The residents of the Jhuggi Jhopri Resettlement Colony in Delhi’s Savda Ghevra are not residents by choice. They have been pushed to the outskirts of the city after waves of evictions, most recently in the run-up to the 2010 Commonwealth Games. On 2 November, I visited the colony to meet a 16-year-old girl whose words had managed to find their way to central Delhi. Aanchal, an eleventh-standard student, had had her first story published, in the October issue of Hans, India’s most prestigious Hindi literary magazine.
Aanchal’s short story, titled “Saikal ke Sapne”—Dreams of a Bicycle—is about a young girl’s yearning for a bicycle, with an intensely detailed account of her thoughts as she waits for her parents to come home with it. “Like Premchand, I want to write to expose the truth,” she told me.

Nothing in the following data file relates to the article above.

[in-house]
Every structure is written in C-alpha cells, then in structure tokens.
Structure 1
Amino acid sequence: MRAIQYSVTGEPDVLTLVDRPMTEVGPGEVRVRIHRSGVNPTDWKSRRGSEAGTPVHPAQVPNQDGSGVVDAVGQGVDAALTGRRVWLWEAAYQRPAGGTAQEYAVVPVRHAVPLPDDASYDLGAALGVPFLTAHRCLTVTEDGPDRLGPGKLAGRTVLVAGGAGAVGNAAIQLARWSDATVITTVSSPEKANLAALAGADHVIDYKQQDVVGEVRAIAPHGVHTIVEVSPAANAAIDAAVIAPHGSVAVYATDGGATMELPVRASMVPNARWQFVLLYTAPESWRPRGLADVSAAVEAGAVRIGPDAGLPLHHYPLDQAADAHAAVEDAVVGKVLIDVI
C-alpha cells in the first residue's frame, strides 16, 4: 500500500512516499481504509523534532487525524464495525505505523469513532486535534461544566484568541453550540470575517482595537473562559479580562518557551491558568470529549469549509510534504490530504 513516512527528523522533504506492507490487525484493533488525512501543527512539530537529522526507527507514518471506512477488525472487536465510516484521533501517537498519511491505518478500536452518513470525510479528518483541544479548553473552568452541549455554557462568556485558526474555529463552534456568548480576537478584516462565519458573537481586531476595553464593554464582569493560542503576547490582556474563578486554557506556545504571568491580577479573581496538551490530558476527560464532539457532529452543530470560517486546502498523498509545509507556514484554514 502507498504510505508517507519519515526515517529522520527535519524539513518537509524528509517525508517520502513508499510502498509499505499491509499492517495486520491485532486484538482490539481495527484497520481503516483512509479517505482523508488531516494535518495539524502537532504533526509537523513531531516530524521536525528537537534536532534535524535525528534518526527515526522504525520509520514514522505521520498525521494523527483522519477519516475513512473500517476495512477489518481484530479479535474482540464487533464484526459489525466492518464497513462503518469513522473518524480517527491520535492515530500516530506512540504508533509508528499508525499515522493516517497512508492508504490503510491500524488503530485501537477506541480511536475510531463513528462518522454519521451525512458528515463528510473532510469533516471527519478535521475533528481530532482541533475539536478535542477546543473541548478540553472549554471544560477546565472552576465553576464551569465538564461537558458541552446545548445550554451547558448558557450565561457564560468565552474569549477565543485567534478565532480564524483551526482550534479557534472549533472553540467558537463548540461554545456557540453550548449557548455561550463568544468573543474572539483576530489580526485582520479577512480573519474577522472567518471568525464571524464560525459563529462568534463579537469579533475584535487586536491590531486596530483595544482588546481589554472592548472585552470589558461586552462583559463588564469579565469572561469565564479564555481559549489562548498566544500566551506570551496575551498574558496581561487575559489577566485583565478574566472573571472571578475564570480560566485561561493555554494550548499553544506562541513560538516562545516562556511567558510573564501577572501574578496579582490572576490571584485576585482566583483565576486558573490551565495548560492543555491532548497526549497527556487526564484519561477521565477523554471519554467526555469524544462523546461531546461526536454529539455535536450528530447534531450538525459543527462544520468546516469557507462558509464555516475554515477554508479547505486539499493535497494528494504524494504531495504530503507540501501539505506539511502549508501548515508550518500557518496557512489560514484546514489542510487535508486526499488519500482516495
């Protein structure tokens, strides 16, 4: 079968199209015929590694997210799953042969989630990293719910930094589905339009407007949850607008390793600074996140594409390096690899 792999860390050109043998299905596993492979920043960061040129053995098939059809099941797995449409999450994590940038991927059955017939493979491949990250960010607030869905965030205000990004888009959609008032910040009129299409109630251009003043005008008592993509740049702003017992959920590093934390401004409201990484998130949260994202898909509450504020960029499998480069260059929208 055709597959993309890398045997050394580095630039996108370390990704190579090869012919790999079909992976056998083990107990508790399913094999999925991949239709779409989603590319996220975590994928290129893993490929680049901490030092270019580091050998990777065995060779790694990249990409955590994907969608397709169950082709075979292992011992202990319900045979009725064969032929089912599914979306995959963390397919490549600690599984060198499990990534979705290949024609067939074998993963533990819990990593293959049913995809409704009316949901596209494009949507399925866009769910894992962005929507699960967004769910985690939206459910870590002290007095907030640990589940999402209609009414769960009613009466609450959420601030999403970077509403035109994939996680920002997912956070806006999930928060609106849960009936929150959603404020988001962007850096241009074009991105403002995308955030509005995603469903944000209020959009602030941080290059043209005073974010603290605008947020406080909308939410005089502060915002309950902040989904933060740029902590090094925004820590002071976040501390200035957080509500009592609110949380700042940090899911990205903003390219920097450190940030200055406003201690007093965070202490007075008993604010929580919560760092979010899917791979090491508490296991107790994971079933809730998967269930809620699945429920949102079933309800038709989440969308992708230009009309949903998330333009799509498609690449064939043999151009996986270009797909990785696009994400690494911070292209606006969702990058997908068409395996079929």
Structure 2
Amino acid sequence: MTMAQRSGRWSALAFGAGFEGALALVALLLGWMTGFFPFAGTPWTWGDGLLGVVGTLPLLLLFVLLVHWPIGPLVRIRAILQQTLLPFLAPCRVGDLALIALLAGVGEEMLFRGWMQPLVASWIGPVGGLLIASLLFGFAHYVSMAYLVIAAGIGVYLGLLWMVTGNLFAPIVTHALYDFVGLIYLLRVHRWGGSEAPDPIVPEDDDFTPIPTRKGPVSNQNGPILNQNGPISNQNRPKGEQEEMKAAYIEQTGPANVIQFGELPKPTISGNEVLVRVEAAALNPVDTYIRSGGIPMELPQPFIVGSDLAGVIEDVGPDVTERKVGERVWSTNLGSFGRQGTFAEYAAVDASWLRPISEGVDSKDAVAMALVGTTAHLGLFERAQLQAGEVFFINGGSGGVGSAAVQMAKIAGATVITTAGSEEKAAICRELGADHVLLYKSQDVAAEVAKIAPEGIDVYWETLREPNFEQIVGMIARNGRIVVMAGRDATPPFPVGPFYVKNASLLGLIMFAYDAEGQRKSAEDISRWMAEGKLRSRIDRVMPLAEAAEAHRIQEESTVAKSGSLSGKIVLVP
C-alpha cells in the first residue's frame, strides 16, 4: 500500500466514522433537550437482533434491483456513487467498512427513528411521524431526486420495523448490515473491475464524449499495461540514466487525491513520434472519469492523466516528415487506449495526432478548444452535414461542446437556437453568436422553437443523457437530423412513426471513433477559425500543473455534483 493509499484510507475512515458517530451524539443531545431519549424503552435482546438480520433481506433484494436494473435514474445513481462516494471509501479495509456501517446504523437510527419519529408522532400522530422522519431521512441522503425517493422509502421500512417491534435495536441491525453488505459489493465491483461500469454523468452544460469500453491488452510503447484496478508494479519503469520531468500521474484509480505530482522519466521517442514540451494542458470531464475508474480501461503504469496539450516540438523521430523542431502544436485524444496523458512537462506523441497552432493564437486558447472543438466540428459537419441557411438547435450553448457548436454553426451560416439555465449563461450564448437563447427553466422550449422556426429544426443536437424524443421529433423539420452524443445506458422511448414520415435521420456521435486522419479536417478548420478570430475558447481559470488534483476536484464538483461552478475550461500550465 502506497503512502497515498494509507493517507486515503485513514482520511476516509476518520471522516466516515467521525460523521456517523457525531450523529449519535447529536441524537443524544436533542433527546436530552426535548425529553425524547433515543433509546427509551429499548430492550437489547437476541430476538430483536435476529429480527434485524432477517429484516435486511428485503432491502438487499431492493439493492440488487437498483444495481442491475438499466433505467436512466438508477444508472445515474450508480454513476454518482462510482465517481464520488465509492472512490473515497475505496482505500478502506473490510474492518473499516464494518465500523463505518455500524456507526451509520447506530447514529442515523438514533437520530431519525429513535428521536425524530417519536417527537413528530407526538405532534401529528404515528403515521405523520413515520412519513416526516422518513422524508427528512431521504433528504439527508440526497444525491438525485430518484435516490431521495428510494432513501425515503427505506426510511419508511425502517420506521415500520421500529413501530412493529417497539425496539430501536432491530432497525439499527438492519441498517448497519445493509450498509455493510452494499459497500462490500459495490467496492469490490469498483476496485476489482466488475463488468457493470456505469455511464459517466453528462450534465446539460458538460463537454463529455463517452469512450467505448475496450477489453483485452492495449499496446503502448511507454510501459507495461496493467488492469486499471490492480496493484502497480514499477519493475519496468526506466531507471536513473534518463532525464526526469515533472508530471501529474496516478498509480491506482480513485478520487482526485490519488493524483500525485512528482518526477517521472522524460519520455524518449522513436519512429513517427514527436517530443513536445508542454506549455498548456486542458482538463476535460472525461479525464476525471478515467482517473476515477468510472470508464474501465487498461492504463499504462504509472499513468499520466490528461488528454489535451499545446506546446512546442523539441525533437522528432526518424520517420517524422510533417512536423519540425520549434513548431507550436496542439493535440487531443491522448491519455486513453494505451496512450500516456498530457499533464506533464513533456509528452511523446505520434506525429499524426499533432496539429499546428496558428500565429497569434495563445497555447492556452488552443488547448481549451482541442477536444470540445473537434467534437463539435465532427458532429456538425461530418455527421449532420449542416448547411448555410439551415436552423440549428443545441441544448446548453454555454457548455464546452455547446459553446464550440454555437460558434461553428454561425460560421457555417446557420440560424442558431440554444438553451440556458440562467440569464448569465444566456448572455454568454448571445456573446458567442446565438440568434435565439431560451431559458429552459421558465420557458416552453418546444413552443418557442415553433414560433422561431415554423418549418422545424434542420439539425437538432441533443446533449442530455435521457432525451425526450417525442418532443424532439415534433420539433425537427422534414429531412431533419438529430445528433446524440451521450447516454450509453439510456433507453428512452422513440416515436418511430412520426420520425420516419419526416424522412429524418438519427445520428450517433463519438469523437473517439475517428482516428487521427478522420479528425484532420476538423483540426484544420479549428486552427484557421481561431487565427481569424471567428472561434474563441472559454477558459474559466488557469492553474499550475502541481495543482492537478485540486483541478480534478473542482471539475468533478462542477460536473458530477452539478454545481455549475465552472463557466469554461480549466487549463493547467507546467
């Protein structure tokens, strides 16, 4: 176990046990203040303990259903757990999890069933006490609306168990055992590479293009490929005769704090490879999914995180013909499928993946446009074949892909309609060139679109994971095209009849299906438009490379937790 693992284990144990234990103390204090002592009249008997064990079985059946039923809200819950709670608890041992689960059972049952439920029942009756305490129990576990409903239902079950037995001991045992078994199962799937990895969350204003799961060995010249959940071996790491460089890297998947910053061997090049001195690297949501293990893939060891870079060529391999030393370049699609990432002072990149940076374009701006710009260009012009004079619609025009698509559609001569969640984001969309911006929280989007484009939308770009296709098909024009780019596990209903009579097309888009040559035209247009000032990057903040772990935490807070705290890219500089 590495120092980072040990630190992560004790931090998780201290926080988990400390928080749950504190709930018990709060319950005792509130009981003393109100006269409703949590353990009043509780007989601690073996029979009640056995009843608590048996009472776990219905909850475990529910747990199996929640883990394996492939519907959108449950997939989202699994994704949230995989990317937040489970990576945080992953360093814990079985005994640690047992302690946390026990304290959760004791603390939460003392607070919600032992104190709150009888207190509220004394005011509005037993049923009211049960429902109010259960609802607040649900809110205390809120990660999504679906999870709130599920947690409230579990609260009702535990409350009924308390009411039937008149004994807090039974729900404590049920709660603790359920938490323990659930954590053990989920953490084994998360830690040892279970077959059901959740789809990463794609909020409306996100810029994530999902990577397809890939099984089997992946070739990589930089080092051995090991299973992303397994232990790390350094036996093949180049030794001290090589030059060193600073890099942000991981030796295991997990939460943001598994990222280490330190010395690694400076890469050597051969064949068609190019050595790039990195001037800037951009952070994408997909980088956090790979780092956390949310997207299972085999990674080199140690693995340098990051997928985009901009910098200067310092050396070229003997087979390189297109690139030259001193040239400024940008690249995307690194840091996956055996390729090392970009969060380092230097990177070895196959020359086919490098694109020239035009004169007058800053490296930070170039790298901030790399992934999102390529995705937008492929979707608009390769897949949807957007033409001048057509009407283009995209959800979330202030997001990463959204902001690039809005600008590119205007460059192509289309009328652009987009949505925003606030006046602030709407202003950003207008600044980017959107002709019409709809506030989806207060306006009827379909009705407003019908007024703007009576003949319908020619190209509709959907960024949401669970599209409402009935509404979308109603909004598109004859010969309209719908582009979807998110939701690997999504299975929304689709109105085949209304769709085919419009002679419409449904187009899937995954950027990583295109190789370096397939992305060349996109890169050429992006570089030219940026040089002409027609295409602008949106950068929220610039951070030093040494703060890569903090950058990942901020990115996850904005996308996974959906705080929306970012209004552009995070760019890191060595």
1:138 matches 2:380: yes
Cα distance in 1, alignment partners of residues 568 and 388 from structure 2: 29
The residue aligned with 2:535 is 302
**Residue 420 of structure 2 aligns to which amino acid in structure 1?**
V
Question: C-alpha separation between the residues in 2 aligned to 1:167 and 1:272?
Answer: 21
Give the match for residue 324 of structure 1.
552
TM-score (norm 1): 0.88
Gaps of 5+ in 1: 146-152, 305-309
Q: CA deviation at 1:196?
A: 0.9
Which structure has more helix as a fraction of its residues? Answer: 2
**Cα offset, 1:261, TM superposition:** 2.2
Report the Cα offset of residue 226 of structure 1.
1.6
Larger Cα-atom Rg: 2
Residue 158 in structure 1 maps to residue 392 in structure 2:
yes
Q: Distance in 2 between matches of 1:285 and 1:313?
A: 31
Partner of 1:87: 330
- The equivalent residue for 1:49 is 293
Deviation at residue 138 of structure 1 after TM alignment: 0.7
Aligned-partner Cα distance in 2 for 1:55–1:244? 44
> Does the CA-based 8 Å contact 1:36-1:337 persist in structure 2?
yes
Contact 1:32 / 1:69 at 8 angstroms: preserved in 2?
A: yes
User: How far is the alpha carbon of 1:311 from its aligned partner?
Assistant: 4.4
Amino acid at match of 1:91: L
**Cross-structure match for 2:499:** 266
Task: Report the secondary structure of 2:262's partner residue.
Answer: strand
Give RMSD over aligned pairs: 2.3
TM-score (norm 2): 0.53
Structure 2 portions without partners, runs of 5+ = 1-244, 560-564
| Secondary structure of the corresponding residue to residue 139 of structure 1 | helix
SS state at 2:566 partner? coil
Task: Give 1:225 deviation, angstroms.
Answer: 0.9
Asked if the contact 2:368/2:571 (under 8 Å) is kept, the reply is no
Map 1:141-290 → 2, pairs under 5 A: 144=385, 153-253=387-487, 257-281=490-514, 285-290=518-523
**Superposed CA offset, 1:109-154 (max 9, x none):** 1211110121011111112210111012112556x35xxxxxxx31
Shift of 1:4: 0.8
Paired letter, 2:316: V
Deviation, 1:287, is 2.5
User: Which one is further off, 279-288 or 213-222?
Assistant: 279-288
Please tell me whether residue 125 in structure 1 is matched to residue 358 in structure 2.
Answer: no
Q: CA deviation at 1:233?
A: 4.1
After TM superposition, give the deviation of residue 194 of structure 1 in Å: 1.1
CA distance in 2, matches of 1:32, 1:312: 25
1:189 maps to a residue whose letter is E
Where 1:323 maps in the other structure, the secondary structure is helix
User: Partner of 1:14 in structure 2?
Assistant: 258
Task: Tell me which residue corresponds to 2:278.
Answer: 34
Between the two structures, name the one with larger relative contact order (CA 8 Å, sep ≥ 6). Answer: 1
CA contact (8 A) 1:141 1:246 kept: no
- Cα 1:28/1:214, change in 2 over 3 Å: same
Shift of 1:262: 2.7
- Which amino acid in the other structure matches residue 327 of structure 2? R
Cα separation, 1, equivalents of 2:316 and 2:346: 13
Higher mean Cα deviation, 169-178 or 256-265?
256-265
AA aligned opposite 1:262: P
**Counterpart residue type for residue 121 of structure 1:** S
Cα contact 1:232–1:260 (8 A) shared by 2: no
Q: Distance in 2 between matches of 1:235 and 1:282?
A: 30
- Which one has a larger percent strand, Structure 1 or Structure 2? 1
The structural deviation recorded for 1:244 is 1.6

The story was published in a column called “Ghuspaithiye”—intruders—which features stories by authors below the age of 20 who come from the margins of society. “Their childhood,” the column declares, “is made not from books as much as from the struggles of their environment. These struggles are found preserved in their stories.” Writers like Aanchal do not belong to any literary circle, and in recognising that, their stories are published as intruders within the carefully guarded walls of literature.